And then of course the lighthouse keepers and those types of things are just so rich and you just realize people were tough. And yet when you read their writings, they love the lake too. They love the power of it. They reveled in the beauty. We sometimes think when we recreate here that we’re seeing it for the first time or that we are experiencing it differently, but these people recreated and enjoyed the area and appreciated the lake as well. They didn’t just see it a job or as toil. Certainly it was hard and I’m sure there were times when they would’ve preferred to be somewhere else, but the love of the area comes through in their writings and their journals.”
“It’s kind of funny because of course we’re having warmer on average weather. And even right now, we are having a very warm spring. We had some incredibly cold record days just a week or so ago, but overall it’s definitely warmer. And I think the climate change, the warming of the lake is my biggest concern and how it’s going to change the lake in ways that we can’t imagine. There have already been some signs of what can happen. There was an algae bloom in parts of the lake back in 2016, after there was a major, major rain event that dropped a huge amount of rain and actually flooded out the marina at Saxon Harbor, and a number of people died in adjoining communities as a result of the flooding caused an awful lot of runoff into the lake.
The nutrients from that flood caused this algae bloom, which was not something we would see on Lake Superior. It’s something you see in inland lakes and especially in the southern parts of the state. And that was one of those eye-opening things where [we saw] what’s happening to our lake. What’s going on? And so the warming of the lake increases the likelihood of those types of things happening. And in fact, the beaches were closed from Ashland to here. You never see signs saying “beach closed” because of E coli counts, that type of thing. We take for granted how beautiful the lake is and how clean it is, but it can change and it can change rapidly. And I think the climate change side of it is the biggest concern that I have.
The forests of Northern Minnesota and Northern Wisconsin were considered so vast that we could never deplete them. And in a very short time, we did. We did it. And to say that somehow we can’t mess up Lake Superior because it’s so big, well, that’s ridiculous.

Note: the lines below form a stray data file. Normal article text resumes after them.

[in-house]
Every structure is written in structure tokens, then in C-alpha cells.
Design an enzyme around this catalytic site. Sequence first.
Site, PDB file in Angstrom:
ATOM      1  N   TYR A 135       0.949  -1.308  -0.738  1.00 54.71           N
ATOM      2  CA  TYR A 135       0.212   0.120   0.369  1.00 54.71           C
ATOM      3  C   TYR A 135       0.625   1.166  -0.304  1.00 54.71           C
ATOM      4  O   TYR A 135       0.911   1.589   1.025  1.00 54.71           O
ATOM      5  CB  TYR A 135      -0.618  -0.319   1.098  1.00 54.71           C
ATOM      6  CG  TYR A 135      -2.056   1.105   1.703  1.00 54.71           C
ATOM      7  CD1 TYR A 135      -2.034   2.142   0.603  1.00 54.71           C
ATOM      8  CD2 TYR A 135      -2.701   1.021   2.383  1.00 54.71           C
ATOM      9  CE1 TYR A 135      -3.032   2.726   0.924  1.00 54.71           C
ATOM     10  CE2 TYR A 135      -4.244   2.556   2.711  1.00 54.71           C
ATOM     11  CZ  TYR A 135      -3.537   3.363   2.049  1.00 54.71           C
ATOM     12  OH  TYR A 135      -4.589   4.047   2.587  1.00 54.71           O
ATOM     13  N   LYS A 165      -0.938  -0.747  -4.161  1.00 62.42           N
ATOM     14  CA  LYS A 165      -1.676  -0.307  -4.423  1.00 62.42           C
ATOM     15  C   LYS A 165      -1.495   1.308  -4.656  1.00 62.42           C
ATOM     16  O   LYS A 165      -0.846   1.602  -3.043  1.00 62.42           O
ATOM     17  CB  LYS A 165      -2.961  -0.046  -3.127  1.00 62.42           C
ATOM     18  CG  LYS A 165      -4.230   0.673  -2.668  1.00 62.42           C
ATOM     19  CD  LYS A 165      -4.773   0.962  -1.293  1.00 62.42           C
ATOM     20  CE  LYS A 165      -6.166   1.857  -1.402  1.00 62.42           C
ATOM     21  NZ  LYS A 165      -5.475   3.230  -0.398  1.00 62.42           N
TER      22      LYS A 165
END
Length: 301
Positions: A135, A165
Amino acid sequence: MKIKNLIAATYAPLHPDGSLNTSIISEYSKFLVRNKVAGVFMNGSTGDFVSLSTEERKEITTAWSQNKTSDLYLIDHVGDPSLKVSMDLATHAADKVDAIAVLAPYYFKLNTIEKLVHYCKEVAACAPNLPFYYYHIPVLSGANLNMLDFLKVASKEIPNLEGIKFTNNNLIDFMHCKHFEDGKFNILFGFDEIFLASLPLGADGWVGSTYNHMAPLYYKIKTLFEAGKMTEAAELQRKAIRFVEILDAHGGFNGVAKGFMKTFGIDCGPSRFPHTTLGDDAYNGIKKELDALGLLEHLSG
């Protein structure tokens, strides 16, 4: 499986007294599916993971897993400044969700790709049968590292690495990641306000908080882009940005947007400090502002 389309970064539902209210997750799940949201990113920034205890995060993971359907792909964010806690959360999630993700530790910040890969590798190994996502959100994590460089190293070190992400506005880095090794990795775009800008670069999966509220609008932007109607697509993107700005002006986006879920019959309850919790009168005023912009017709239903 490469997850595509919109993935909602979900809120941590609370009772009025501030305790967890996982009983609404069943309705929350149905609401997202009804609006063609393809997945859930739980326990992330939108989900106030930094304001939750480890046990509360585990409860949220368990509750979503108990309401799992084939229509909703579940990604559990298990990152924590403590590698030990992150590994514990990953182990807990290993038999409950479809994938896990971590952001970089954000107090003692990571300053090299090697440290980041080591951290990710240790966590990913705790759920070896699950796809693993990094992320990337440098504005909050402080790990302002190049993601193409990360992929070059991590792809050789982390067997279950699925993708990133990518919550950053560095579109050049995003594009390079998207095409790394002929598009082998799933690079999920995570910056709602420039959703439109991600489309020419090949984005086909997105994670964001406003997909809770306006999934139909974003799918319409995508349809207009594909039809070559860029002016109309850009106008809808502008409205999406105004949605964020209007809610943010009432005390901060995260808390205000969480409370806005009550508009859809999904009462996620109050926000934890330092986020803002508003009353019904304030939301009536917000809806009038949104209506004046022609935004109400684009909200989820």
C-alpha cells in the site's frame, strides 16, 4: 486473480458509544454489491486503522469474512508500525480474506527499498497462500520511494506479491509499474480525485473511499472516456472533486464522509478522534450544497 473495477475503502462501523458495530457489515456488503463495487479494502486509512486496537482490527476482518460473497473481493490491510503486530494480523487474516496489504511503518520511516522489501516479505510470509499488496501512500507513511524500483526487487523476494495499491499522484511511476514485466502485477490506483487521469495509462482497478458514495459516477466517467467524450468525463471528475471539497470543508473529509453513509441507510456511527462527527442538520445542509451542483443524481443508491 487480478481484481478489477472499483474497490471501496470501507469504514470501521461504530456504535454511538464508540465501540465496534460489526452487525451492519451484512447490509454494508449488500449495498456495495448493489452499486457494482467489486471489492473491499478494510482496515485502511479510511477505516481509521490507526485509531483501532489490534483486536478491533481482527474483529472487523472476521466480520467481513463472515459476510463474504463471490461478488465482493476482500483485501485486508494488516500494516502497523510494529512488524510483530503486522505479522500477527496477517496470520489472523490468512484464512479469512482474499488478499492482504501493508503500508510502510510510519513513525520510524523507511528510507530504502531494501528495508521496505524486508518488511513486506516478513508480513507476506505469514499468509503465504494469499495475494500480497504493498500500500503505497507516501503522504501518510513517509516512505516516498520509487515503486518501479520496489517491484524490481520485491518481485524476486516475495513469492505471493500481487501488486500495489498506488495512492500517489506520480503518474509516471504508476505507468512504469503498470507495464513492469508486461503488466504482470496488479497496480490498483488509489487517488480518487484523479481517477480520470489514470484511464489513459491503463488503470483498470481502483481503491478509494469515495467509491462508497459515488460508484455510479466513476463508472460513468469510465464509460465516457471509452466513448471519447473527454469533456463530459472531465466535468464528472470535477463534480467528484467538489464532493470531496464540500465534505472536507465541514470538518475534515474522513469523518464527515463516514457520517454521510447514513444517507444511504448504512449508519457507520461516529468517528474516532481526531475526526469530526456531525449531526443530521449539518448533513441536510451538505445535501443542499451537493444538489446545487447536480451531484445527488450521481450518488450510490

I mean, we’re seeing changes in the oceans. So of course, why can’t this lake change? There are things that are happening. Microplastics are being found in the lake, which is just very disturbing. These are things you can’t see with the naked eye, but they’re there. And they’re products of industrial pollution and all of us are contributing to that in the things that we use and how we use them and flush ’em down our toilets and wash ’em down our drains. There’s a lot of research being done at the University of Minnesota, Duluth, at the large lakes observatory. And they’re finding these microplastics and raising the flag about it. What can we do about it?”
“Back in 2000, we had been approached by an organization called AFS, which means American Field Service, but it’s an organization that’s does international youth exchange. They’ve been doing it since shortly after World War II. It was an organization that started with ambulance drivers who had witnessed two world wars in very short succession and came to the realization that they’d seen way too much carnage and that something had to be done. And so they developed a program to bring students from Germany, specifically…and Japan, and other European countries to the United States. And in turn, send students to those countries, believing that if they could build bridges with students, living with families, that there’d be less inclination to start shooting at each other.
The organization has grown over many years and prior to the pandemic was bringing in a couple thousand students a year into the U.S. and sending hundreds of American students abroad. And we were approached by a local volunteer and asked if we would be willing to take a French girl who was going to be arriving in a couple of weeks and they didn’t have a family yet for her.